Where Once Were Roads’ from Sugardrum (aka Nigel Bunner)(February 21, 2013)
Just recently it seems I’ve reviewed an increasing number of singer/songwriter albums and sometimes no matter how hard you try, it can be difficult to differentiate one from another. No insult intended to anyone - that’s just the way it is. Then again, it’s doubly refreshing when you find one that possesses a clear differentiation factor. ‘Where Once Were Roads’ from Sugardrum (aka Nigel Bunner) has that distinguishing touch – searching vocals and finely fingerpicked acoustic guitar combine to deliver appealing, tender tales, and for good measure some songs include well-placed cello and keyboard electronica touches.
Apparently, Sugardrum is a ‘musical umbrella’ under which Nigel Bunner purveys his softly engaging music. Be that as it may, Nigel can certainly write a melodic hook and produces some fine songs. It’s often hard for artists to show an audience the spread of their talent through the restrictions of an EP but this one promises much (although including the lyrics would be good for its intricate tales). ‘Where Once Were Roads’ features only four songs but there’s enough here to await the expected album with interest. Such as the gentle, questing of ‘Dancers in a Painting’ offering its story of changes and resignation, the emphatic understanding of growing up implicit within ‘School Friends’ complete with echoing cello and the layered expectation of discovery within ‘Bubble Clouds’.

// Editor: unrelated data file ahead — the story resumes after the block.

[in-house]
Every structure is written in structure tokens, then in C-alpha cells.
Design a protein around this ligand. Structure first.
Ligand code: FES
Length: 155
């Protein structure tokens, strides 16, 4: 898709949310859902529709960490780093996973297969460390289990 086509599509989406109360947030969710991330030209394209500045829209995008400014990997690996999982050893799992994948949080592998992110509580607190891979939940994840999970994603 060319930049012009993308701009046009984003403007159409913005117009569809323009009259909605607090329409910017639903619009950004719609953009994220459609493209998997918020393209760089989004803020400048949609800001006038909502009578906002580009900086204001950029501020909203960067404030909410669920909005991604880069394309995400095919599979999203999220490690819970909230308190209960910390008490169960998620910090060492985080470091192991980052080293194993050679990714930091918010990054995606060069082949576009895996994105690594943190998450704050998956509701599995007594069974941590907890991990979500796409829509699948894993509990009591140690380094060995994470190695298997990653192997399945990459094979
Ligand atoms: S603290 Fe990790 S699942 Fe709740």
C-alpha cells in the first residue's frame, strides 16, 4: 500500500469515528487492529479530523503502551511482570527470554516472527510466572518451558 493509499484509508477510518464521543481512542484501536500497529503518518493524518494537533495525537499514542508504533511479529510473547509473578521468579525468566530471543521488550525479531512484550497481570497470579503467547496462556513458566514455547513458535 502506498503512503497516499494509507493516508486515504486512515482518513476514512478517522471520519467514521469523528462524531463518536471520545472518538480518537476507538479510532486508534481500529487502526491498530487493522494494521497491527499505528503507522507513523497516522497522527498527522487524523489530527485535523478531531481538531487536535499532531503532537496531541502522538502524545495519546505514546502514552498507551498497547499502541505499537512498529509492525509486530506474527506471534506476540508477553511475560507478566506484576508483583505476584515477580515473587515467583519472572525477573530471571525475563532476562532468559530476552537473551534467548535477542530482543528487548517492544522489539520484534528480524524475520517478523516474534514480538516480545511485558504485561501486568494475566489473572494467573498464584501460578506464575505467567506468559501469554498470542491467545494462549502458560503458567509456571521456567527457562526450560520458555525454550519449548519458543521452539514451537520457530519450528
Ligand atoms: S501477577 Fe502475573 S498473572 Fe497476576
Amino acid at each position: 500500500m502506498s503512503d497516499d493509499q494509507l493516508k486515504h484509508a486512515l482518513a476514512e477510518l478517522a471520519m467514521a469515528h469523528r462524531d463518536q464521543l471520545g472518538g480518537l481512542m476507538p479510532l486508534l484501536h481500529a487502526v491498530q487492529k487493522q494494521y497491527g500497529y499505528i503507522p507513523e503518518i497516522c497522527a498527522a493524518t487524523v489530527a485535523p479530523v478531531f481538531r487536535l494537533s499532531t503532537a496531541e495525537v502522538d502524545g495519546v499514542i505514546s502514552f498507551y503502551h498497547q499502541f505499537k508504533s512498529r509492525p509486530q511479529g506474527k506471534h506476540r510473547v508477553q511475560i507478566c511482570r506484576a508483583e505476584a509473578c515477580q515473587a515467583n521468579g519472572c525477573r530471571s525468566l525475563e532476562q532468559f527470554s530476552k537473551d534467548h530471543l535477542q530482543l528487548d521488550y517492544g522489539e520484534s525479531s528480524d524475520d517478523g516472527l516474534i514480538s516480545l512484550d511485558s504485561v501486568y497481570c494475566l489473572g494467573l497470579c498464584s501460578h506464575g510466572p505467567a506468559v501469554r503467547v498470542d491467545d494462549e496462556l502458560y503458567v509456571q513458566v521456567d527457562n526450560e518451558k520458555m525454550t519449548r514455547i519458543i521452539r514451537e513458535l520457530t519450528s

From a deft touch on the acoustic guitar, a certain gift for melody and a distinctive voice this EP is the taster that should attract people to the album. You can find Sugardrum and ‘Where Once Were Roads’ on www.sugardrum.com
Reviewer: Dan Holland